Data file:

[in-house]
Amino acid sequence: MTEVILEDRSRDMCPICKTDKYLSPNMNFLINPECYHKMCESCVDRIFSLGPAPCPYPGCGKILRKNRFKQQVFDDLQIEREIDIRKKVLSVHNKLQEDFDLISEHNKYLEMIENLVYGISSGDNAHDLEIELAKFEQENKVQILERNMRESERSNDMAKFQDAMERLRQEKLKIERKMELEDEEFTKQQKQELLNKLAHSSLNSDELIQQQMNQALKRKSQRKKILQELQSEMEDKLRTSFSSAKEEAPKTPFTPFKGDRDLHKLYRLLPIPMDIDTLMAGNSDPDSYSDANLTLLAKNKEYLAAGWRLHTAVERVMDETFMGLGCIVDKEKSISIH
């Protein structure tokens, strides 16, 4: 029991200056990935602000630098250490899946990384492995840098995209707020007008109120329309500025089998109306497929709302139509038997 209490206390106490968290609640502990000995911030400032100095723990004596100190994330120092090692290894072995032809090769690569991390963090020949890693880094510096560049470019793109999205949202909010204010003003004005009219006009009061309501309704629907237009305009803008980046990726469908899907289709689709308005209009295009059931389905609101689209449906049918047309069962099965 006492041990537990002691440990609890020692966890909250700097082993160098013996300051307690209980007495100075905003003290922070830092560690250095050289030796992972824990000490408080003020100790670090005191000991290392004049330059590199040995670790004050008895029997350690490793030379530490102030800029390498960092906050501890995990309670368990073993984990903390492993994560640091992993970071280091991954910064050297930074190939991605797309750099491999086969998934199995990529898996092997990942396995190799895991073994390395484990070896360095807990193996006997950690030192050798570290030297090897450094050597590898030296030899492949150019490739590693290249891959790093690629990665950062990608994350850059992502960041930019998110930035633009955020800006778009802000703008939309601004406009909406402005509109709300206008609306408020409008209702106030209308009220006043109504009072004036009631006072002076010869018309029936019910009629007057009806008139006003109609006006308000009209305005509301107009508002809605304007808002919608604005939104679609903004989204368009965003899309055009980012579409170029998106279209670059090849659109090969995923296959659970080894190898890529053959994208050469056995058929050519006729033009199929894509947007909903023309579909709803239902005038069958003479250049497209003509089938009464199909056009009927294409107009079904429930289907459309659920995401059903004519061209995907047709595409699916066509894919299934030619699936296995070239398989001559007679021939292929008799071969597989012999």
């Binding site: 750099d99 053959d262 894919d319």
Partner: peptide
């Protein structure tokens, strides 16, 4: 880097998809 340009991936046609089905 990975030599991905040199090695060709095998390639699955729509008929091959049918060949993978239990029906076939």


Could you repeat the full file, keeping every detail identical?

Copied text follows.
[in-house]
Amino acid sequence: MTEVILEDRSRDMCPICKTDKYLSPNMNFLINPECYHKMCESCVDRIFSLGPAPCPYPGCGKILRKNRFKQQVFDDLQIEREIDIRKKVLSVHNKLQEDFDLISEHNKYLEMIENLVYGISSGDNAHDLEIELAKFEQENKVQILERNMRESERSNDMAKFQDAMERLRQEKLKIERKMELEDEEFTKQQKQELLNKLAHSSLNSDELIQQQMNQALKRKSQRKKILQELQSEMEDKLRTSFSSAKEEAPKTPFTPFKGDRDLHKLYRLLPIPMDIDTLMAGNSDPDSYSDANLTLLAKNKEYLAAGWRLHTAVERVMDETFMGLGCIVDKEKSISIH
């Protein structure tokens, strides 16, 4: 029991200056990935602000630098250490899946990384492995840098995209707020007008109120329309500025089998109306497929709302139509038997 209490206390106490968290609640502990000995911030400032100095723990004596100190994330120092090692290894072995032809090769690569991390963090020949890693880094510096560049470019793109999205949202909010204010003003004005009219006009009061309501309704629907237009305009803008980046990726469908899907289709689709308005209009295009059931389905609101689209449906049918047309069962099965 006492041990537990002691440990609890020692966890909250700097082993160098013996300051307690209980007495100075905003003290922070830092560690250095050289030796992972824990000490408080003020100790670090005191000991290392004049330059590199040995670790004050008895029997350690490793030379530490102030800029390498960092906050501890995990309670368990073993984990903390492993994560640091992993970071280091991954910064050297930074190939991605797309750099491999086969998934199995990529898996092997990942396995190799895991073994390395484990070896360095807990193996006997950690030192050798570290030297090897450094050597590898030296030899492949150019490739590693290249891959790093690629990665950062990608994350850059992502960041930019998110930035633009955020800006778009802000703008939309601004406009909406402005509109709300206008609306408020409008209702106030209308009220006043109504009072004036009631006072002076010869018309029936019910009629007057009806008139006003109609006006308000009209305005509301107009508002809605304007808002919608604005939104679609903004989204368009965003899309055009980012579409170029998106279209670059090849659109090969995923296959659970080894190898890529053959994208050469056995058929050519006729033009199929894509947007909903023309579909709803239902005038069958003479250049497209003509089938009464199909056009009927294409107009079904429930289907459309659920995401059903004519061209995907047709595409699916066509894919299934030619699936296995070239398989001559007679021939292929008799071969597989012999």
């Binding site: 750099d99 053959d262 894919d319």
Partner: peptide
């Protein structure tokens, strides 16, 4: 880097998809 340009991936046609089905 990975030599991905040199090695060709095998390639699955729509008929091959049918060949993978239990029906076939």